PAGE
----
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Just as the global vaccination campaign is ramping up, with healthcare providers and state agencies wrestling with the complexity of inoculating millions of citizens, new variants of the SARS-CoV-2 coronavirus are being identified by researchers which may require vaccine developers to update their vaccines periodically. While the most effective method to control the spread of the virus is to vaccinate as many people as possible with existing vaccines, production and supply issues world-wide continue to challenge public health agencies and providers alike. 

Of concern is the possibility that these emerging variants might reduce the protective effects of two of the leading first-generation vaccines, those produced by Pfizer-BioNTech and Moderna. Both vaccines carry RNA instructions that induce human cells to make the spike protein that the virus uses to infect cells; causing the body to generate antibodies that recognize the spike protein.

Preliminary research conducted at Rockefeller University in New York analyzed blood from a small sample of 20 volunteers who had received two doses of either the Moderna or Pfizer-BioNTech vaccine, found some of these neutralizing antibodies were as effective against viruses carrying certain mutations in the spike protein as they were against widespread forms. However, some of the neutralizing antibodies were only one-third as effective at blocking the mutated variants.  

Testing the efficacy of vaccine candidates against new variants will be a complicated matter for those products whose initial trials have concluded and who have received emergency use authorization by the FDA and other regulators. Janssen Pharmaceuticals, owned by Johnson & Johnson on January 29 announced very promising results from their multi-country Phase 3 trial. The company developed a single-dose vaccine and began their Phase 3 trial in September 2020 once several new variants had emerged. As a result, the eight-country study involving almost 44,000 participants was able to demonstrate 66% overall efficacy in preventing moderate to severe COVID-19, 28 days after vaccination. The results noted onset of protection was observed as early as day 14. The level of protection against moderate to severe COVID-19 infection was 72% in the United States, 66% in Latin America and 57% in South Africa, 28 days post-vaccination.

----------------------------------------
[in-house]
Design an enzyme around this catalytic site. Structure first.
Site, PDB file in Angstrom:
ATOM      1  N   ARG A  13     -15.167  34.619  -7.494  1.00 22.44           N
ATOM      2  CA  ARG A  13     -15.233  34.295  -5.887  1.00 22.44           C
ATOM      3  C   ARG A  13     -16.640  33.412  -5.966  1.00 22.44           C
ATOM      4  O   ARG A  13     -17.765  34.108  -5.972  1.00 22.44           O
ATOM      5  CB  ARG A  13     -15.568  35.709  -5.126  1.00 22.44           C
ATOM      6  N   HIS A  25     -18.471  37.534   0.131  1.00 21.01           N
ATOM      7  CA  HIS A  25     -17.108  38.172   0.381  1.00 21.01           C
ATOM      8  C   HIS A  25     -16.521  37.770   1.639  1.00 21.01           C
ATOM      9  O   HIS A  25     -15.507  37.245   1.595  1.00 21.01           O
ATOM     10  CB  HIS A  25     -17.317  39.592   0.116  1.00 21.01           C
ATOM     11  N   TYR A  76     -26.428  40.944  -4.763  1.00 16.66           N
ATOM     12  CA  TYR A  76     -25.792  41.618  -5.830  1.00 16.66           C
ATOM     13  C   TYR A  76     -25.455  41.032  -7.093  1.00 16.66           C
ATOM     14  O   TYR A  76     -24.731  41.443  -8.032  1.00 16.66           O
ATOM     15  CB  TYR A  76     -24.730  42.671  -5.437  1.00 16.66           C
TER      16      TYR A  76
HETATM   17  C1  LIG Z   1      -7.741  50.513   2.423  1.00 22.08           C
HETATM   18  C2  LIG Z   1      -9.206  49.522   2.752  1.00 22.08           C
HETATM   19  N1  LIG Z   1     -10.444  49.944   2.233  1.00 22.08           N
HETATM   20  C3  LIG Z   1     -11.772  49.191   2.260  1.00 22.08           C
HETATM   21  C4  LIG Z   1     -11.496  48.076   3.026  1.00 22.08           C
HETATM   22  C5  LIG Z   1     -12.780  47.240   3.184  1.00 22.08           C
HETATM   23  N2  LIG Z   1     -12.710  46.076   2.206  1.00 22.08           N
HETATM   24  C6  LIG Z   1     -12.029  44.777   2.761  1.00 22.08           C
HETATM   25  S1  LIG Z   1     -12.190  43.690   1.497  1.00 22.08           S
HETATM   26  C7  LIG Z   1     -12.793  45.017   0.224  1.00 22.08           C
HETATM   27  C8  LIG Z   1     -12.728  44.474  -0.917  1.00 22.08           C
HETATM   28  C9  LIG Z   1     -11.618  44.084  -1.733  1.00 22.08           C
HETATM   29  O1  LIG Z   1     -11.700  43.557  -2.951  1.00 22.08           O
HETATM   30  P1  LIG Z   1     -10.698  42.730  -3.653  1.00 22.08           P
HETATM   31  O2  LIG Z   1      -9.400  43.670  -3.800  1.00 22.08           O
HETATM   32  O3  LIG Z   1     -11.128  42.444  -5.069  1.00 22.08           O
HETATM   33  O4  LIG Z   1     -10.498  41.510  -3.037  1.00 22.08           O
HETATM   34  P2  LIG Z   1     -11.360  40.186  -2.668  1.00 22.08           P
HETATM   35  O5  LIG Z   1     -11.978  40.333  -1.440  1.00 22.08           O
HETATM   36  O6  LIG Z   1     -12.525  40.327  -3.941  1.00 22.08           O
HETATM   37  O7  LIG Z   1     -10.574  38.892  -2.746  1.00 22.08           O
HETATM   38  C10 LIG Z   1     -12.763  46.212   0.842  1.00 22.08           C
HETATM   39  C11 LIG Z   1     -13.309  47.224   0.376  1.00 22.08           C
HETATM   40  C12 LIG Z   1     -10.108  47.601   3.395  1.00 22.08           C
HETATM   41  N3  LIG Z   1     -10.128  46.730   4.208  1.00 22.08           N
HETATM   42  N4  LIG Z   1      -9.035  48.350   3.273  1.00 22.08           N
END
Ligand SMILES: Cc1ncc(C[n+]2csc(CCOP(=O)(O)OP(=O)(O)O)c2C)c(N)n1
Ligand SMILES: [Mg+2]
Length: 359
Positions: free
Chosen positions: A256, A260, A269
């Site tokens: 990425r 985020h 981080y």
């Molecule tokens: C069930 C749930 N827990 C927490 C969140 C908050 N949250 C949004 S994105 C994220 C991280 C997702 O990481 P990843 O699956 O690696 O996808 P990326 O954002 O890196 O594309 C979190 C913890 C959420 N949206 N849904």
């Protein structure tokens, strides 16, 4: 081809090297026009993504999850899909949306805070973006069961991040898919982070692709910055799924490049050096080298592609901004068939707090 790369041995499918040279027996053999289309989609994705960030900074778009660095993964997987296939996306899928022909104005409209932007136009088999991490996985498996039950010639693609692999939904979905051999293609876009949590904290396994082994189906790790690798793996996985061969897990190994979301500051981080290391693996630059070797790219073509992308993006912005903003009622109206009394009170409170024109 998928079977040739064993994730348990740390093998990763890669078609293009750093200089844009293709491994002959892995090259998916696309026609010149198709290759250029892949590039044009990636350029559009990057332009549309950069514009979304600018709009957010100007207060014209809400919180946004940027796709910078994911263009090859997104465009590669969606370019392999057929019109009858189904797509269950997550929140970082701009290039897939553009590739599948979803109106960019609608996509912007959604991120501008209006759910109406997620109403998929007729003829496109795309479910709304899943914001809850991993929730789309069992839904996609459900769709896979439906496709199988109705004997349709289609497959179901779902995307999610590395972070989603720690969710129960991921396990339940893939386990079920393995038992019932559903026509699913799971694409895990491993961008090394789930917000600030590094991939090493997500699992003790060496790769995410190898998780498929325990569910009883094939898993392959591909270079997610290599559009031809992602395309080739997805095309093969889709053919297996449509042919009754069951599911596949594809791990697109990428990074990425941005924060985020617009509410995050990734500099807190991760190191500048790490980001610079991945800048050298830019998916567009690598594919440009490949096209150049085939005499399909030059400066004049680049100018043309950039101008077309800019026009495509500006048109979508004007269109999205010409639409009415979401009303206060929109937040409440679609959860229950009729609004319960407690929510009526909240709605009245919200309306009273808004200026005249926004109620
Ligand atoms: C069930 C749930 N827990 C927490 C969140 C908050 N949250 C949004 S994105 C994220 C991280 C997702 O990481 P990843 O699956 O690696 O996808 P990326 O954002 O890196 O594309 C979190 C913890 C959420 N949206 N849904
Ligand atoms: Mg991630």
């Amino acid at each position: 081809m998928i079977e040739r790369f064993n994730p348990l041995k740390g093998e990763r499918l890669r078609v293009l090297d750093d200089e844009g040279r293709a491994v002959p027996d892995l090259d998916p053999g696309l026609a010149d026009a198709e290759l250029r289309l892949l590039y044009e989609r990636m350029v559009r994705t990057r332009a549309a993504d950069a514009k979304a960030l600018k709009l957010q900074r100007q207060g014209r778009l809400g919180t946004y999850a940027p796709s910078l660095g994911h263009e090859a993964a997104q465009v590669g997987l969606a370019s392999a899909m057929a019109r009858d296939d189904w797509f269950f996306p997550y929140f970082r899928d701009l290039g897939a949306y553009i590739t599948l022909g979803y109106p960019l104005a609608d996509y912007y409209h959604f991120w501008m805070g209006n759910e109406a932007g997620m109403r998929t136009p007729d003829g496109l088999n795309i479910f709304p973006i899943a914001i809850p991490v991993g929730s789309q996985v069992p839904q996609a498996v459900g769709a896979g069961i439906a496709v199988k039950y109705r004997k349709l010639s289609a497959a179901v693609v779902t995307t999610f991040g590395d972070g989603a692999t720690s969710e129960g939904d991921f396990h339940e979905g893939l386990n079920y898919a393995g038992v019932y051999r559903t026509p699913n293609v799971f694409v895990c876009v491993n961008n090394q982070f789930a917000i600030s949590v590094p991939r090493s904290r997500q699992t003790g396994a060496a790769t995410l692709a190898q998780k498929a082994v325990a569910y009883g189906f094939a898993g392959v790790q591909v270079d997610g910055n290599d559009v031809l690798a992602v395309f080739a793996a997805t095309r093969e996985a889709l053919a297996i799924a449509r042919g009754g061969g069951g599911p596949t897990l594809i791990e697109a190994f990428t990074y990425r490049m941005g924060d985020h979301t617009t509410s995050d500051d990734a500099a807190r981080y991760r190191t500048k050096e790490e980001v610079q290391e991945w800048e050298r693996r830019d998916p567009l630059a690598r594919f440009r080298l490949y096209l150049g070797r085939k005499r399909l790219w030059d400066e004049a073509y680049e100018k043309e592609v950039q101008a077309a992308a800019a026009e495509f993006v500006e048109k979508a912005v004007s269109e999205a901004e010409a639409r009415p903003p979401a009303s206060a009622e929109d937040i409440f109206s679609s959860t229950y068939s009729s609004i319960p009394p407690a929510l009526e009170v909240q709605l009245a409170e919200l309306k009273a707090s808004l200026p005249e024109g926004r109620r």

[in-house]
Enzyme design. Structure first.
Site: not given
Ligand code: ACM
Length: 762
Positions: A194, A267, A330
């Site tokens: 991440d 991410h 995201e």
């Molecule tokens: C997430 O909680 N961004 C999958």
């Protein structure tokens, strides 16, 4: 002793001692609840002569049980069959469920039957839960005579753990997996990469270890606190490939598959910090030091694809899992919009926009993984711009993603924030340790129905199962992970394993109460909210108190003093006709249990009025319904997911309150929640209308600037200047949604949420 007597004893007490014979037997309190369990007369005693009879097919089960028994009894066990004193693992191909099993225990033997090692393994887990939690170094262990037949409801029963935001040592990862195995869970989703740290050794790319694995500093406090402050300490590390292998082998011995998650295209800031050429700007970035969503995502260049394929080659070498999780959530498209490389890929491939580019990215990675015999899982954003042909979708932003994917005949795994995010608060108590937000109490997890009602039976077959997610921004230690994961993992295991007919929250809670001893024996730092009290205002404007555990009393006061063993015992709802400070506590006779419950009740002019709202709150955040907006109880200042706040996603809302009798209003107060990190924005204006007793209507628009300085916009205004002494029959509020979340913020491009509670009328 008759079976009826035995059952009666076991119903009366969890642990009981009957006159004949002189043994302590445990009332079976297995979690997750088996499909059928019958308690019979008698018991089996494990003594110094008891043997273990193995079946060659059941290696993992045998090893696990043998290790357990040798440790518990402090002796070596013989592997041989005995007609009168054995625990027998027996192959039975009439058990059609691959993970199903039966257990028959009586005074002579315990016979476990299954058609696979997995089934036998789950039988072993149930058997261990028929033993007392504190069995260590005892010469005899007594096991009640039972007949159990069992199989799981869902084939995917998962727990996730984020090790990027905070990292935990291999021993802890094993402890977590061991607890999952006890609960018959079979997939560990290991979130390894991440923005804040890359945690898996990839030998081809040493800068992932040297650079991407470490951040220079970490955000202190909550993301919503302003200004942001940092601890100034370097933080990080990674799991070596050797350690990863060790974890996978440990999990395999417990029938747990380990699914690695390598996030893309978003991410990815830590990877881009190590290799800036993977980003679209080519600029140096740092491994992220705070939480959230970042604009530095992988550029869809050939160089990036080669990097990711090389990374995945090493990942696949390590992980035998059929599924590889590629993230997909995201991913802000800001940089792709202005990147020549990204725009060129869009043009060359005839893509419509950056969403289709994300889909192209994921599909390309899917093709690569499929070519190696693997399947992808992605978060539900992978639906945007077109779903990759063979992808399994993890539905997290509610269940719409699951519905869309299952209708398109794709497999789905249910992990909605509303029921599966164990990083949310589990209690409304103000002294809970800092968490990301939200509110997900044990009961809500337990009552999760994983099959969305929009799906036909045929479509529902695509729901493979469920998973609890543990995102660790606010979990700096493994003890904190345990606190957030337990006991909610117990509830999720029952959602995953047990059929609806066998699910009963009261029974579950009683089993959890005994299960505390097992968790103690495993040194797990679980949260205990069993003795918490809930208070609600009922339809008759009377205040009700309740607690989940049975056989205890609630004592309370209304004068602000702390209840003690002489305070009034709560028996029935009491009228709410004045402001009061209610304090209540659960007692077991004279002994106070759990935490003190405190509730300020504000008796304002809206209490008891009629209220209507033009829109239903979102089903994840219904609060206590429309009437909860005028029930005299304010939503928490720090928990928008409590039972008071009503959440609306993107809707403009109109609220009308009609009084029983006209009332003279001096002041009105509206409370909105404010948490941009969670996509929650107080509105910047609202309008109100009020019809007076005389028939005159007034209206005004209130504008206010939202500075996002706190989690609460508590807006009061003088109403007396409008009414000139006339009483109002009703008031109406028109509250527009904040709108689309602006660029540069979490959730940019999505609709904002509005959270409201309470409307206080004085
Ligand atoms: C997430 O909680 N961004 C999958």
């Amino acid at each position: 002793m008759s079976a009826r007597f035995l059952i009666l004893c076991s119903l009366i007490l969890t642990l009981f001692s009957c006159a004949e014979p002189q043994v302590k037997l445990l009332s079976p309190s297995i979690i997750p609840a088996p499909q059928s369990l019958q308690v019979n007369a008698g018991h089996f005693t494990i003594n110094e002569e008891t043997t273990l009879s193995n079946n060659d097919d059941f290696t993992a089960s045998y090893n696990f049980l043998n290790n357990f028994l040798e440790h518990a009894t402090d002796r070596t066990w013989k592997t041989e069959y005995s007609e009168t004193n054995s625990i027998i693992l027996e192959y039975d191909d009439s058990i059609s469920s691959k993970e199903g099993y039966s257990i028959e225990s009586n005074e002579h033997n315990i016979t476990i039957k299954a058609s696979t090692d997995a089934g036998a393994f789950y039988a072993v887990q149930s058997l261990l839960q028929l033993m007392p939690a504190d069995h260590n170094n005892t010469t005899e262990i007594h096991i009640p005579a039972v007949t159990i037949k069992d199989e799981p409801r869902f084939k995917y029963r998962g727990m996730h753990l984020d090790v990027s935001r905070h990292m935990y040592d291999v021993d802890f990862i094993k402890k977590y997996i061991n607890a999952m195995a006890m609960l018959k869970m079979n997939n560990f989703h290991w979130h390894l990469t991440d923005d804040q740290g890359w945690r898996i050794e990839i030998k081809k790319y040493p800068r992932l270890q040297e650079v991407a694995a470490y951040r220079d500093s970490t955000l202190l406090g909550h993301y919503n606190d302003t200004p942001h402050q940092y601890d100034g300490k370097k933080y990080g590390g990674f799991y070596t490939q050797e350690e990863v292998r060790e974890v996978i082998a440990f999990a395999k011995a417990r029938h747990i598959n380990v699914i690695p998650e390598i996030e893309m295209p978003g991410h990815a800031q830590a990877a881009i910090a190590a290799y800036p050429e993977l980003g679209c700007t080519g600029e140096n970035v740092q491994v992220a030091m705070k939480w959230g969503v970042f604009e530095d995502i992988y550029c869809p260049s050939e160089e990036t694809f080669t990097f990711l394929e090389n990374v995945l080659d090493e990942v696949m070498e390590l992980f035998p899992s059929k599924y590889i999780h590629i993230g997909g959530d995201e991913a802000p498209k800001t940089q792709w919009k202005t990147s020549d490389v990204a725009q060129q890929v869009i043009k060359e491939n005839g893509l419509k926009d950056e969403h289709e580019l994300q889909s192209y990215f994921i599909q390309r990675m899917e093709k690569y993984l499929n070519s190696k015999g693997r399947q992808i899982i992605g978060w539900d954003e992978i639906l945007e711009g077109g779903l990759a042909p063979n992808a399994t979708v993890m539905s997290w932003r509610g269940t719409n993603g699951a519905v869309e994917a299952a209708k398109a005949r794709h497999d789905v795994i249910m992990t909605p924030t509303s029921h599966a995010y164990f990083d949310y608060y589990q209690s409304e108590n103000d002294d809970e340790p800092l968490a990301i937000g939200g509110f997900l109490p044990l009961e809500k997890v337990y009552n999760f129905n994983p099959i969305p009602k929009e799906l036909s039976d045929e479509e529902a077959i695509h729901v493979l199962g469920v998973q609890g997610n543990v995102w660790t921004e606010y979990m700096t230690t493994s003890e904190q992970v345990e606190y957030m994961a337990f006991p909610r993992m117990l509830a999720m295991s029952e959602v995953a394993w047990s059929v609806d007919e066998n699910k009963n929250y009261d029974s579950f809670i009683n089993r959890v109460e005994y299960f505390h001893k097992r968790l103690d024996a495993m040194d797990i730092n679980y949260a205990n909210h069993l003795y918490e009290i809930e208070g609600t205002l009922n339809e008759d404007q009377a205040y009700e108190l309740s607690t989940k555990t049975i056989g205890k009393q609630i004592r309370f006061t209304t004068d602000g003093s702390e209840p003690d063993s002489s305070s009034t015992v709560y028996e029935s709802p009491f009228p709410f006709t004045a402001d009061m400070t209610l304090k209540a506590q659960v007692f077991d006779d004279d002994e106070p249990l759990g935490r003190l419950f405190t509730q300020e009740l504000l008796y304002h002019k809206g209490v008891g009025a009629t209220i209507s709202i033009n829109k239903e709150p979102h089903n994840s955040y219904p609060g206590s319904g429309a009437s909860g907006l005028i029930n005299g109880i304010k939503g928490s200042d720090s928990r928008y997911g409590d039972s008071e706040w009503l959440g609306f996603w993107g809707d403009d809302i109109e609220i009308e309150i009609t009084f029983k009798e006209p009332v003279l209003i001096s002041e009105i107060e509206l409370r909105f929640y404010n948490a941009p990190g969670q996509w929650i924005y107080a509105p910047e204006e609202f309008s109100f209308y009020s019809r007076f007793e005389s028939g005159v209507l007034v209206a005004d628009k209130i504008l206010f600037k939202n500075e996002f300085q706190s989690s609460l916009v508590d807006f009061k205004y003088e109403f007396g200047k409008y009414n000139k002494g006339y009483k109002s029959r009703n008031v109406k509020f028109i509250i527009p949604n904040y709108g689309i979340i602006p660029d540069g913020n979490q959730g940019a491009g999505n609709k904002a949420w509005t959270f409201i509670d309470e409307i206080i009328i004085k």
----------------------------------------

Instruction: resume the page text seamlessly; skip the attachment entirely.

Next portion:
Given only limited research has been conducted to date, scientists are still evaluating if new variants could undercut the effectiveness of the first-generation vaccines. As a result, some vaccine developers are moving forward with plans to update their vaccines to better target the emerging variants such as the ones identified in South Africa, the U.K and Brazil. 

Moderna is responding to the origin of new variants by initiating work on its vaccine to match the mutations identified in the South African variant, (referred to as 501Y.V2 or B.1.351 lineage.) The company is also looking into the development of a multivalent vaccine and plans to test if inoculating individuals with a third dose of the existing first-generation vaccine impacts effectiveness against the South African variant.

One potential approach is to replace the original version of the spike protein in the first-generation vaccines with an updated molecule; another is to include both original and new variant versions of the spike protein in a multivalent vaccine.

The seasonal influenza (flu) vaccine is designed to protect against the three or four influenza viruses that research indicates are most likely to spread and cause illness among people during the upcoming flu season, according to the CDC. As flu viruses are constantly changing, the vaccine composition is reviewed each year and updated as needed based on which influenza viruses are making people sick, the extent to which those viruses are spreading, and how well the previous season’s vaccine protects against those viruses.

Clearly, vaccine manufacturers and researchers will be paying close attention to the emergence of new variants in the months ahead. Regardless of the success achieved by the current vaccination effort underway, new variants are continuing to emerge.  Recognizing this suggests we are already on a path where COVID-19 vaccines will require updates similar to how seasonal influenza vaccines are revised.

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Graham Brown

Graham Brown

Senior Vice President, NextGen Advisors

Graham Brown is a principal and senior vice president with NextGen® Advisors focused on transforming care with provider organizations. His practice centers on accountable and value-based care strategy, population health management programs, and technology solutions for providers enabling new models of care delivery across the United States.

Mr. Brown is a former senior vice president and national practice leader for population health and clinical integration with GE Healthcare Partners (previously The Camden Group) where he led multidisciplinary client teams in strategy creation, program development, implementation, operations, and performance optimization engagements. He is an experienced leader in organizational development, managed care contracting, and change management initiatives.

Mr. Brown has over 25 years’ experience supporting provider groups, health and hospital systems, integrated delivery networks, and managed care payers to assess, design, contract, and implement systems and structures for population health management. He has worked nationally across the United States and Canada.

Graham completed his undergraduate studies at the University of Victoria, the Emily Carr University of Art and Design, and the Instituto Europeo di Design in Florence, Italy. He is certified in conflict resolution and negotiation by the Justice Institute of B.C. and received his Master of Public Health from the University of Rochester Medical Center.